- In the notification, each upward movement to 7000, 8000, 9000 is subject to conditionalities to be laid down by the UGC. This may entail more stringent conditions for a teacher to become Associate Professor.
- The delay in promotion would lead to a system of dual emoluments between directly recruited and promoted Associate Professors. While all directly recruited Associate Professors are to be placed in PB4 with GP 9000, promoted Associate Professors have to wait for three years. A teacher who is senior may draw less pay than a junior one. The only way to avoid this is to continue 11/10/9 years as eligibility for promotion and redesignate all existing Readers / Lecturers in Selection Grade as Associate Professor at GP 9000.
- The notification distinguishes between Readers / Lecturers in Selection Grade and Associate Professors though these positions are equivalent. This distinction could lead to interuniversity disparities with existing Readers placed at a lower GP for three years than similarly placed Associate Professors.
- The Government has denied college teachers the assured promotion to Professor’s grade. The UGC had recommended it in 1997, the Government had introduced it in colleges for those with PhD and promised an equivalent grade for those without PhD. It was only later that it was withdrawn.
- This time the MHRD notification talks only about creation of a few posts of Professors in each college, a maximum of one per department (Similar provisions in earlier pay revisions were never implemented). One-fourth of these would be earmarked for direct recruitment and three-fourths for selection from among the teachers of each concerned department at the discretion of the administration. This will only reward sycophancy and penalise dissent.
- Professors have been placed at GP 10000, a downgradation from the PRC recommendation of 11000. The Government is unable to break free from the bureaucratic mindset of keeping everyone else below the IAS.
- 10% of posts of Professors would be at GP of 12000. They would be filled through direct recruitment and allow the administration to play favourites.
- Librarians have been denied parity with teachers in age of retirement. Further, unlike Associate Professors, directly recruited Deputy Librarians would be placed at a lower GP of 8000 in PB3.
- The Sixth CPC set different floor Pays in each PB for each GP. All existing IAS officers were fixed above this minimum Pay for the GPs. The MHRD notification only specifies the minimum Pay for the GPs of 10000 and 12000 and makes no such mention for the GPs of 6000, 7000, 8000 and 9000. The renaming of Grade Pay as Academic Grade Pay (AGP) gives rise to the apprehension that while minimum Pay increases with higher GPs, in the case of AGPs it will not increase but will remain at the minimum of the concerned PB, except for the AGPs of 10000 and 12000. The much touted higher entry of 6000 AGP would then be reduced to an extra Rs. 600 in basic pay over that of GP 5400.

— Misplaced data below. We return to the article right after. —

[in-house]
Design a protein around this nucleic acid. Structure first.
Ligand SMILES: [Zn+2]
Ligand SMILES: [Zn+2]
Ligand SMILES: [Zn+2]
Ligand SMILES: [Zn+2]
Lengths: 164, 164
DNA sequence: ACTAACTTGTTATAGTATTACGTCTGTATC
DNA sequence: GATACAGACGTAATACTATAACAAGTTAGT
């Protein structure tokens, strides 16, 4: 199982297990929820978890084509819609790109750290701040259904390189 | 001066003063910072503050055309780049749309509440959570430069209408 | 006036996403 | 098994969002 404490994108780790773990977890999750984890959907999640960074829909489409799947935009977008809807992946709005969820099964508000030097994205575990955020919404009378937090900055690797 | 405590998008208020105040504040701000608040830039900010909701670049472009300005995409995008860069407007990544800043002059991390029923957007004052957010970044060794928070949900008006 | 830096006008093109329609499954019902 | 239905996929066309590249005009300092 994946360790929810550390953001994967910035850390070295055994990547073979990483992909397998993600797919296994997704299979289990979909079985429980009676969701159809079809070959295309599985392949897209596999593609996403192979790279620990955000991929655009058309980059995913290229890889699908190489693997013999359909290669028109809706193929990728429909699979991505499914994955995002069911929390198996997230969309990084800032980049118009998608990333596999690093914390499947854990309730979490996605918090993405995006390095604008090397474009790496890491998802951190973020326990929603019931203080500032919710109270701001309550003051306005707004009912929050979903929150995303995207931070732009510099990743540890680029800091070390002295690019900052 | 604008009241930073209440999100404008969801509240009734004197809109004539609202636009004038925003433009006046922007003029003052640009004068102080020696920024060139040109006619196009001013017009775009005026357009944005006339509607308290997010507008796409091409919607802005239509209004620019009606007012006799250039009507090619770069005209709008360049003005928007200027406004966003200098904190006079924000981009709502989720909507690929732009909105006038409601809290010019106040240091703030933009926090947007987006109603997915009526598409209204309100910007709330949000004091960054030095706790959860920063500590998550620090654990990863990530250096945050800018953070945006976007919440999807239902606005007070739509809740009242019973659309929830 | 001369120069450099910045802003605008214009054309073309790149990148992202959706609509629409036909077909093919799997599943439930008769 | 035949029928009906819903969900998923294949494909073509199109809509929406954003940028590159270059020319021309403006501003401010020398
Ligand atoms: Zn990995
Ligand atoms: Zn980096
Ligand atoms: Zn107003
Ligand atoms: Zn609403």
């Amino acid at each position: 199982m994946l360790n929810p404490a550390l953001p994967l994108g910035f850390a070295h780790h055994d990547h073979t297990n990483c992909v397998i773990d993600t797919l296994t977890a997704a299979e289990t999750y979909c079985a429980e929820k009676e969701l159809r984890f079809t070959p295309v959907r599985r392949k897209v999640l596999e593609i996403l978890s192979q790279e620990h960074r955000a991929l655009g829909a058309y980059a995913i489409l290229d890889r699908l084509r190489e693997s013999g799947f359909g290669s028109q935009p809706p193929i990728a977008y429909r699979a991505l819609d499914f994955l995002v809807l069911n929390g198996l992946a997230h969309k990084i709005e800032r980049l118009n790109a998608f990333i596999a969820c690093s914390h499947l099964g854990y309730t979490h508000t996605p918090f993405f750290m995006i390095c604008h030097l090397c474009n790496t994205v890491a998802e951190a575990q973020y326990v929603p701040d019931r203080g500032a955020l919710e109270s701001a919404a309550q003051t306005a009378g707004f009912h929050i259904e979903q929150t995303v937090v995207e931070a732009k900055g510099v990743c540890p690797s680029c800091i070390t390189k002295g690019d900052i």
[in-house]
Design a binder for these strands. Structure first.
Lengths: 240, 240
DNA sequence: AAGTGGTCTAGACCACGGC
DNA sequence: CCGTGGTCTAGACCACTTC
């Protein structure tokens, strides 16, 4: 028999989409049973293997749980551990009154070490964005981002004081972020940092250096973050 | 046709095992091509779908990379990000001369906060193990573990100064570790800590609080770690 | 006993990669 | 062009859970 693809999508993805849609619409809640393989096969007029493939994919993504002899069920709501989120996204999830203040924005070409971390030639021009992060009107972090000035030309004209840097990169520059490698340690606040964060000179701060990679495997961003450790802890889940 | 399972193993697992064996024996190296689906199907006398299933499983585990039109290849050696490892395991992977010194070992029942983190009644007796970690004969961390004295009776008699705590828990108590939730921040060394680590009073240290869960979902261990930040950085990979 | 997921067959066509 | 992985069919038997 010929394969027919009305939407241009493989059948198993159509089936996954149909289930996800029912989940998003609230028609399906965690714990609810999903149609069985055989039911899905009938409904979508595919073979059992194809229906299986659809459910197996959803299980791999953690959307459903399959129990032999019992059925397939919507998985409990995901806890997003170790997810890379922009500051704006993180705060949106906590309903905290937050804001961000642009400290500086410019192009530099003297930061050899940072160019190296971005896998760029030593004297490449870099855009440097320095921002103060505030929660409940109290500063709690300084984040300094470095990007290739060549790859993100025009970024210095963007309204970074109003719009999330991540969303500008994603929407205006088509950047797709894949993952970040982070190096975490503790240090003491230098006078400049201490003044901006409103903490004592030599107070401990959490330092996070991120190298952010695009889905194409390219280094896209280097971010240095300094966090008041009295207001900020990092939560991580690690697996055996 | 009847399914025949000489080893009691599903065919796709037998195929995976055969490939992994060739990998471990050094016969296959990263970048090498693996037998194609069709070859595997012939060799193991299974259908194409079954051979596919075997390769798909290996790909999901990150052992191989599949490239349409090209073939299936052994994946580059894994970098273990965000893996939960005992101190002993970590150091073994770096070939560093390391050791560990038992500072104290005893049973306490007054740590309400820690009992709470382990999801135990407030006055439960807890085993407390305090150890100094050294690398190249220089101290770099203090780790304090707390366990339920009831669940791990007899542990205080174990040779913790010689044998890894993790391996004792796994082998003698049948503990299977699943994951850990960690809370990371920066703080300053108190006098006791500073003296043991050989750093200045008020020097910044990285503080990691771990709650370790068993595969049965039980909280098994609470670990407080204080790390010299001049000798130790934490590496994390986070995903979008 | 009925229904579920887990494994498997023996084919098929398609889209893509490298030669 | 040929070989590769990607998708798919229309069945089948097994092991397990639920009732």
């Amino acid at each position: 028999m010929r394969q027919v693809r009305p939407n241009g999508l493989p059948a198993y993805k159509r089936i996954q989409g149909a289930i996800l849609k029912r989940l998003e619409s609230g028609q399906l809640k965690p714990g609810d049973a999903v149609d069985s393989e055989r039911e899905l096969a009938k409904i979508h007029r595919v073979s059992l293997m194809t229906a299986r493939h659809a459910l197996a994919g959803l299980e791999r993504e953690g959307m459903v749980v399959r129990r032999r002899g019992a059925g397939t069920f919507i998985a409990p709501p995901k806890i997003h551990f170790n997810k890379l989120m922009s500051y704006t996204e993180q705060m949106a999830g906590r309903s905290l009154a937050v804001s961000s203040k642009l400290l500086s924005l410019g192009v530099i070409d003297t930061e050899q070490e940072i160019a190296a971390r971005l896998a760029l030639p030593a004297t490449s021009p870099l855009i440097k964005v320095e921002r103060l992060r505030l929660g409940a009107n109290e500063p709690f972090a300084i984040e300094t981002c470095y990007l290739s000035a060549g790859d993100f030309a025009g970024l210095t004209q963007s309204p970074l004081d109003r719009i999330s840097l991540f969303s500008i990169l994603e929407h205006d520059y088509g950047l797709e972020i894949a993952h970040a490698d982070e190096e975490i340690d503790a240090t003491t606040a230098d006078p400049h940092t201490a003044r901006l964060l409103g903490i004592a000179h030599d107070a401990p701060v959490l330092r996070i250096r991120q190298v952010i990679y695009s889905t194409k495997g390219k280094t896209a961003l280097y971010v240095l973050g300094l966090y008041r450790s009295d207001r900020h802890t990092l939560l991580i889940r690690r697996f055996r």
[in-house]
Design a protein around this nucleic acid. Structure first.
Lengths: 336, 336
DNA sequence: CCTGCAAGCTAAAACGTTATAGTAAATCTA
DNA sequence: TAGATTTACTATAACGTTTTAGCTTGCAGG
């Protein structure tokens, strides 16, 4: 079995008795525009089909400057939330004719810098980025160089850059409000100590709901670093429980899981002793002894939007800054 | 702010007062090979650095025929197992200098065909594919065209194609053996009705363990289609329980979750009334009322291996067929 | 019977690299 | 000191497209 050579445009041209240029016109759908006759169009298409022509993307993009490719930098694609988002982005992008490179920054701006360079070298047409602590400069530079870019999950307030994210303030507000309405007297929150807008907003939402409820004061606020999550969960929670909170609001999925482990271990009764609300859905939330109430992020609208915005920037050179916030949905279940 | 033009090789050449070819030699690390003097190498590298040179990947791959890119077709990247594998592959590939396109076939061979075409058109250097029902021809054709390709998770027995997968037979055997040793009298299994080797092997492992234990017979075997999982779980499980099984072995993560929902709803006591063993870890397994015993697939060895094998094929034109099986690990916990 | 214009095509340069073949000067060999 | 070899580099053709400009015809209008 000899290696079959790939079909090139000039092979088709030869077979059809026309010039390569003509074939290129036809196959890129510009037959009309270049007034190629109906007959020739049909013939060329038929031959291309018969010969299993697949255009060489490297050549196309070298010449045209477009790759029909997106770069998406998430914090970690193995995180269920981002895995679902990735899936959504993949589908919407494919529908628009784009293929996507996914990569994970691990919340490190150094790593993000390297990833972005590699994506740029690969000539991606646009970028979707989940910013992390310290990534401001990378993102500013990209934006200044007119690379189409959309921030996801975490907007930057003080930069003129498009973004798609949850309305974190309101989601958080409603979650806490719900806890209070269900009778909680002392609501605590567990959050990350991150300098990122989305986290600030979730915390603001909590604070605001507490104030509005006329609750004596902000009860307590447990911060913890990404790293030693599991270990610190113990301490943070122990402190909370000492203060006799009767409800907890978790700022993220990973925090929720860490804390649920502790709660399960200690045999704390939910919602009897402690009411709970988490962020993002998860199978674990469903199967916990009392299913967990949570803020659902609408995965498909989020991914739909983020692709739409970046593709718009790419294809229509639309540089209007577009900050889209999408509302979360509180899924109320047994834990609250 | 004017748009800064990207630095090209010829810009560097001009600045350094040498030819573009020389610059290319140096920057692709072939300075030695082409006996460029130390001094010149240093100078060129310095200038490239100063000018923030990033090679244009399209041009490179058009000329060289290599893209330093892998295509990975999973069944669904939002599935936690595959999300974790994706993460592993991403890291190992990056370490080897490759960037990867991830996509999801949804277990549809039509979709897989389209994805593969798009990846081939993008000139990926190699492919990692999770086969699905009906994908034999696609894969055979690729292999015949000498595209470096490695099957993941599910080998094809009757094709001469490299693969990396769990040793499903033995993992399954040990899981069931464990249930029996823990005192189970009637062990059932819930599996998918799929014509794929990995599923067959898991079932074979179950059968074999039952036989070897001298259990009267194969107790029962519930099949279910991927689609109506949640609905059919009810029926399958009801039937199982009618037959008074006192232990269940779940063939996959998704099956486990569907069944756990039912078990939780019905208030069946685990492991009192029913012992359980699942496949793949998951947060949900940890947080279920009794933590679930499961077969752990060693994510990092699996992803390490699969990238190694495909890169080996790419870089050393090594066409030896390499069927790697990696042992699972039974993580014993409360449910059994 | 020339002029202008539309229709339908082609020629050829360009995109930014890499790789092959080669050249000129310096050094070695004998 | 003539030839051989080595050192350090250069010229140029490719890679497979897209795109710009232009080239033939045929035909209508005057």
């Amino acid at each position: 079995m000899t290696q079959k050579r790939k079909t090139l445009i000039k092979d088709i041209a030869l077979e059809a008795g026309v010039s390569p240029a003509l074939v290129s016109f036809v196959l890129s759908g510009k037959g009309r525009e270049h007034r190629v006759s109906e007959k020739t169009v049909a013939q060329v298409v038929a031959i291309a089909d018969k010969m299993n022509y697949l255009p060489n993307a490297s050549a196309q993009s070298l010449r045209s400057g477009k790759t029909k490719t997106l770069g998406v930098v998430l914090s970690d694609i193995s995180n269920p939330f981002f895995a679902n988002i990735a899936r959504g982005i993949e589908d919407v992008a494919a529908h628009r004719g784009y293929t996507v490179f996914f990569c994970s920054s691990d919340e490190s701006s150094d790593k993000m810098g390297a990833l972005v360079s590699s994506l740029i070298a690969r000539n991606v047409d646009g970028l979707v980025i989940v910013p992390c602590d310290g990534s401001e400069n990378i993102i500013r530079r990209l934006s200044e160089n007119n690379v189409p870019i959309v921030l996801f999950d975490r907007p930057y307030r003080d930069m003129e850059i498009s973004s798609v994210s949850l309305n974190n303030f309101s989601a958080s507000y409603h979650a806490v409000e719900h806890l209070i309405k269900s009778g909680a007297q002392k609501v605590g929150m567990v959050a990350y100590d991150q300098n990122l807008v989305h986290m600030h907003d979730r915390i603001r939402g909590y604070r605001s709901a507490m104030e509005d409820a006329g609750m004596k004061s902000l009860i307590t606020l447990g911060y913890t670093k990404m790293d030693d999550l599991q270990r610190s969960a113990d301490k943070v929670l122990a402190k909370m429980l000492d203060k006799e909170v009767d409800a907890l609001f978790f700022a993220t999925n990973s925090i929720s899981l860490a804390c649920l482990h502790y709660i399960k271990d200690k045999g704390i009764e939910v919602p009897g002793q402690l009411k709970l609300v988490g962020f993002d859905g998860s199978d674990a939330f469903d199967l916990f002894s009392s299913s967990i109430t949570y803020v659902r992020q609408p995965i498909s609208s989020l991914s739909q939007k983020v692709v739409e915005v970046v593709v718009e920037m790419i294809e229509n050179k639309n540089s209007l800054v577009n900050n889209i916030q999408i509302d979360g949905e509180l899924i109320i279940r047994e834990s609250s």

- The option to switch from CPF to GPF has been turned down as has been the shifting of teachers who joined after 1.1.2004 from the “new pension scheme” to the assured pension scheme.
- The MHRD notification insists on PhD in “the relevant discipline” for advance increments and promotion. A Government that mouths “fancy” phrases such as interdisciplinarity should know that insistence on “the relevant discipline” is academically disastrous.
- The grant of Academic Allowance has been rejected. The grant for Research Promotion of Rs. 5 lakhs / Rs. 2 lakhs has been referred back to the UGC without mentioning these amounts. The intention may be to give a token amount, if at all.
- Release of promotional benefits of the last pay revision w.e.f. 1.1.96 has been rejected. Instead, the UGC has been asked to examine “anomalies” of the last pay revision.
Comparison of Career Progression of IAS and Teachers (without MPhil / PhD)
- Upward movement in the IAS is much faster.
- The IAS enter PB4 one year before teachers.
- They all go up to 10000 GP whereas all college teachers will stop at 9000 GP.
- They receive 2 additional and compounded increments with each of the first three promotions whereas no such increments are available to teachers.
|Yrs. of Service||IAS||Teachers|
|Entry||5400 GP||6000 GP|
|4 yrs||6600 GP + 2 I(A)||6000 GP + 4 I(Y)|